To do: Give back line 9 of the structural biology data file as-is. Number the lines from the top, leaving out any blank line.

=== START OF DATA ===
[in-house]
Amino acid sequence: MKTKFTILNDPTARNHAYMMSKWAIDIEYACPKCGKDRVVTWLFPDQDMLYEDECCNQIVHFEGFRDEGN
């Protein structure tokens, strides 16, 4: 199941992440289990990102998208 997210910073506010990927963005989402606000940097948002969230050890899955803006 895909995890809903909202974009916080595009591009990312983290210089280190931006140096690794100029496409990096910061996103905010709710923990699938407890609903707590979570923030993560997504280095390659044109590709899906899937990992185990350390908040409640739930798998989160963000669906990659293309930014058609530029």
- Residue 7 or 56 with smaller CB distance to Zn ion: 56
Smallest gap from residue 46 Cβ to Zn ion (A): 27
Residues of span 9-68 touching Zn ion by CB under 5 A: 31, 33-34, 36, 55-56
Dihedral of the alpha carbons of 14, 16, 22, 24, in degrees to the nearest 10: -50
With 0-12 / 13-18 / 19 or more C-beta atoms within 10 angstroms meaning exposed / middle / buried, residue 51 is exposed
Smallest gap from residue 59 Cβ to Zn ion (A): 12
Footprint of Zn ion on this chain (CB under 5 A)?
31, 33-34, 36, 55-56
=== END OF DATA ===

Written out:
Smallest gap from residue 59 Cβ to Zn ion (A): 12